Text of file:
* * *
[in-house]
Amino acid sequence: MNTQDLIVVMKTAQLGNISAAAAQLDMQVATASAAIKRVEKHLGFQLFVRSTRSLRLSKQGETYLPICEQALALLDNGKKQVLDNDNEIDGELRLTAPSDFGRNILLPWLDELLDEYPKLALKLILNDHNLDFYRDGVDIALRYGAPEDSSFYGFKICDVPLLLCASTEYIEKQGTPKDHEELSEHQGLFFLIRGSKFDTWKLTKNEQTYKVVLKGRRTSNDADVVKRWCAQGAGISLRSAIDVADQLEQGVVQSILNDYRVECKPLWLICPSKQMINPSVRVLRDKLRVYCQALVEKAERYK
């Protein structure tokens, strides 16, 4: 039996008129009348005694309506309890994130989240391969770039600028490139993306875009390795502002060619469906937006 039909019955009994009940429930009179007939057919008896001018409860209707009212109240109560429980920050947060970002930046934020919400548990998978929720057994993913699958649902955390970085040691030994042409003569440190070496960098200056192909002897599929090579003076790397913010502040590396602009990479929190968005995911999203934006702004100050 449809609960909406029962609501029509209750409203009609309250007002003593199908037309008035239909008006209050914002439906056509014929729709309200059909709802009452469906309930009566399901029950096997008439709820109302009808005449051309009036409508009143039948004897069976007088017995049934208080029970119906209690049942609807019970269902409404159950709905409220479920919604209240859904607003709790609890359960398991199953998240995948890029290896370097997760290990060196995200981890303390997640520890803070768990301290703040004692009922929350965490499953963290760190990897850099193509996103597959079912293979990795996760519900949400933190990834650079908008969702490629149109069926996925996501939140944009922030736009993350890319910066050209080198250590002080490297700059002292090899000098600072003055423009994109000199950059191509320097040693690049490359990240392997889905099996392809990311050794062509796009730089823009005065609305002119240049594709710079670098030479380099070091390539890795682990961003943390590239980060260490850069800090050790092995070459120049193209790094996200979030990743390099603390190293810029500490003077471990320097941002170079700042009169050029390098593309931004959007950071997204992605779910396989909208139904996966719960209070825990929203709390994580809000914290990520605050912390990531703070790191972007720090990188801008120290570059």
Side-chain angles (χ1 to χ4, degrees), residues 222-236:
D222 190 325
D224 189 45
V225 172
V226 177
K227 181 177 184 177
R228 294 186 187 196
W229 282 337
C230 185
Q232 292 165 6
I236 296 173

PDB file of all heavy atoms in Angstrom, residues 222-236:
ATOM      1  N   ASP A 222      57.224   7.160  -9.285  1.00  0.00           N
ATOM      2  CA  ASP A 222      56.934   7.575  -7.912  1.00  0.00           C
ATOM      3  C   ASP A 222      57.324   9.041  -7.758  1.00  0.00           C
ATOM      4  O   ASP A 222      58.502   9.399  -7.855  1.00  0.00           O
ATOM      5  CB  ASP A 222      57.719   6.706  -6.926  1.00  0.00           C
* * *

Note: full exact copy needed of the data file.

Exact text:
[in-house]
Amino acid sequence: MNTQDLIVVMKTAQLGNISAAAAQLDMQVATASAAIKRVEKHLGFQLFVRSTRSLRLSKQGETYLPICEQALALLDNGKKQVLDNDNEIDGELRLTAPSDFGRNILLPWLDELLDEYPKLALKLILNDHNLDFYRDGVDIALRYGAPEDSSFYGFKICDVPLLLCASTEYIEKQGTPKDHEELSEHQGLFFLIRGSKFDTWKLTKNEQTYKVVLKGRRTSNDADVVKRWCAQGAGISLRSAIDVADQLEQGVVQSILNDYRVECKPLWLICPSKQMINPSVRVLRDKLRVYCQALVEKAERYK
């Protein structure tokens, strides 16, 4: 039996008129009348005694309506309890994130989240391969770039600028490139993306875009390795502002060619469906937006 039909019955009994009940429930009179007939057919008896001018409860209707009212109240109560429980920050947060970002930046934020919400548990998978929720057994993913699958649902955390970085040691030994042409003569440190070496960098200056192909002897599929090579003076790397913010502040590396602009990479929190968005995911999203934006702004100050 449809609960909406029962609501029509209750409203009609309250007002003593199908037309008035239909008006209050914002439906056509014929729709309200059909709802009452469906309930009566399901029950096997008439709820109302009808005449051309009036409508009143039948004897069976007088017995049934208080029970119906209690049942609807019970269902409404159950709905409220479920919604209240859904607003709790609890359960398991199953998240995948890029290896370097997760290990060196995200981890303390997640520890803070768990301290703040004692009922929350965490499953963290760190990897850099193509996103597959079912293979990795996760519900949400933190990834650079908008969702490629149109069926996925996501939140944009922030736009993350890319910066050209080198250590002080490297700059002292090899000098600072003055423009994109000199950059191509320097040693690049490359990240392997889905099996392809990311050794062509796009730089823009005065609305002119240049594709710079670098030479380099070091390539890795682990961003943390590239980060260490850069800090050790092995070459120049193209790094996200979030990743390099603390190293810029500490003077471990320097941002170079700042009169050029390098593309931004959007950071997204992605779910396989909208139904996966719960209070825990929203709390994580809000914290990520605050912390990531703070790191972007720090990188801008120290570059």
Side-chain angles (χ1 to χ4, degrees), residues 222-236:
D222 190 325
D224 189 45
V225 172
V226 177
K227 181 177 184 177
R228 294 186 187 196
W229 282 337
C230 185
Q232 292 165 6
I236 296 173

PDB file of all heavy atoms in Angstrom, residues 222-236:
ATOM      1  N   ASP A 222      57.224   7.160  -9.285  1.00  0.00           N
ATOM      2  CA  ASP A 222      56.934   7.575  -7.912  1.00  0.00           C
ATOM      3  C   ASP A 222      57.324   9.041  -7.758  1.00  0.00           C
ATOM      4  O   ASP A 222      58.502   9.399  -7.855  1.00  0.00           O
ATOM      5  CB  ASP A 222      57.719   6.706  -6.926  1.00  0.00           C